U.S. Supreme Court Looks at Insider Trading

Aruna Viswanatha and Brent Kendall reported on the front page of Wednesday’s Wall Street Journal that, “The Supreme Court handed the government a significant win Tuesday in its pursuit of insider trading, ruling prosecutors in such cases don’t always have to show that something valuable changed hands to prove a crime was committed.

The unanimous opinion restores some of the power the government lost in a 2014 federal court case. That two-year-old decision had cast doubt on just what constituted insider trading, an often-blurry concept, and forced law-enforcement officials to drop a number of high-profile cases including several against associates of hedge-fund billionaire Steven A. Cohen.”

The Journal writers explained that, “Tuesday’s decision—the first time the high court has touched insider trading in nearly two decades—doesn’t fully restore the scope that the government has lost in recent years to pursue insider trading. The court also sidestepped some of the murkiest issues involving insider trading, including how to treat tips between acquaintances.

But the ruling gives prosecutors more ammunition to file charges even in cases where they can’t show that the tipster received something of value for passing the information.”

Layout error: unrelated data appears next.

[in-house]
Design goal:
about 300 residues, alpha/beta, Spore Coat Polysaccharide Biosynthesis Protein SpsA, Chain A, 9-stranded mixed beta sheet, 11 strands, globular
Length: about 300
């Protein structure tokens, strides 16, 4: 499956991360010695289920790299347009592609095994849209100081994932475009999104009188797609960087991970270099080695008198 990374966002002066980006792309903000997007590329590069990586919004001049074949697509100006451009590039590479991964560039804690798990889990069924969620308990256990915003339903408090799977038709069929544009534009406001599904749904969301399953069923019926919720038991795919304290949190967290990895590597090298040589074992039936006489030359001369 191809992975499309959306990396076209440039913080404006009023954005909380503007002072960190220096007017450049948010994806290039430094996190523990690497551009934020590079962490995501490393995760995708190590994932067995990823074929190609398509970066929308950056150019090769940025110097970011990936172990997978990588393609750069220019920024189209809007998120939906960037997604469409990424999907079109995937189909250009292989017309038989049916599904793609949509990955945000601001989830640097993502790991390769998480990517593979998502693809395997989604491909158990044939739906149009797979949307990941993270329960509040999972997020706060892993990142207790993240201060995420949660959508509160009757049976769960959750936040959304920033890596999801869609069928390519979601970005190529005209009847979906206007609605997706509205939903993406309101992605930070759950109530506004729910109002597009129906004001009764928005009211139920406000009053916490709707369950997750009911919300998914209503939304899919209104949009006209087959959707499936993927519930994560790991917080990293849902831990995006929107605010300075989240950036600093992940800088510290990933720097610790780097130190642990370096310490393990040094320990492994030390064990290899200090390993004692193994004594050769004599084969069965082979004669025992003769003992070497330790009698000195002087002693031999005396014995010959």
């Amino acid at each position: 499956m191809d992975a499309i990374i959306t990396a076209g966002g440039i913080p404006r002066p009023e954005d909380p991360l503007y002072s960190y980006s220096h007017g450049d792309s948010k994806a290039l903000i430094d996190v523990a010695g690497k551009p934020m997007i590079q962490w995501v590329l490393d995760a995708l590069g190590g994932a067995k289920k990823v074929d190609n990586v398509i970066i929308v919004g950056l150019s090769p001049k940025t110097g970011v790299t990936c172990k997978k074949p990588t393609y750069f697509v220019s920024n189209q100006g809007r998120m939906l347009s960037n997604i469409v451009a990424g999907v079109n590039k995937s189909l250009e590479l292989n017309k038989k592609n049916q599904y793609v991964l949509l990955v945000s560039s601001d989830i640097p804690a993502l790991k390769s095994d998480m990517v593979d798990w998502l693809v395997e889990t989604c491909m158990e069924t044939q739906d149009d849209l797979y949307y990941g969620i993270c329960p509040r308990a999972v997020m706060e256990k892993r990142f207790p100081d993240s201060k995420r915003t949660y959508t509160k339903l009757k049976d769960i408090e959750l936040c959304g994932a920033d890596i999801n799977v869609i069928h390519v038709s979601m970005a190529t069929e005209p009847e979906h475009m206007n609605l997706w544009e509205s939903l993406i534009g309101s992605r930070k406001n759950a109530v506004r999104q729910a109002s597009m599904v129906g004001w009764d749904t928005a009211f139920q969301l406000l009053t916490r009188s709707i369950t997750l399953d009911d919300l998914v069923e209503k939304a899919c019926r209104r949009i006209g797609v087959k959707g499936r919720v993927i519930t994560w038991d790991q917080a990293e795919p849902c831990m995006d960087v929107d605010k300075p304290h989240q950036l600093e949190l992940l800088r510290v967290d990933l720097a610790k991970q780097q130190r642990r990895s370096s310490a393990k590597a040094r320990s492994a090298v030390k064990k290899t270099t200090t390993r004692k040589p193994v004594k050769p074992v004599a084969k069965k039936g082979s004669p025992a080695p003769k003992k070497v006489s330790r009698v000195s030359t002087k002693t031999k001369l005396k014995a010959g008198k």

And Adam Liptak reported on the front page of the business section in Wednesday’s New York Times that, “The case, Salman v. United States, concerned trading by Bassam Salman based on information from his future brother-in-law, then a member of Citigroup’s health care investment banking group. Prosecutors claimed that the brother-in-law, Maher Kara, passed information to his brother, Mounir Kara, known as Michael, who then passed the information to Mr. Salman.

The question was whether prosecutors had to prove that Maher Kara disclosed the information in exchange for a personal benefit.

“The answer was easy, Justice Alito wrote.

“‘Maher would have breached his duty had he personally traded on the information here himself then given the proceeds as a gift to his brother,’ Justice Alito wrote. ‘It is obvious that Maher would personally benefit in that situation. But Maher effectively achieved the same result by disclosing the information to Michael, and allowing him to trade on it.'”

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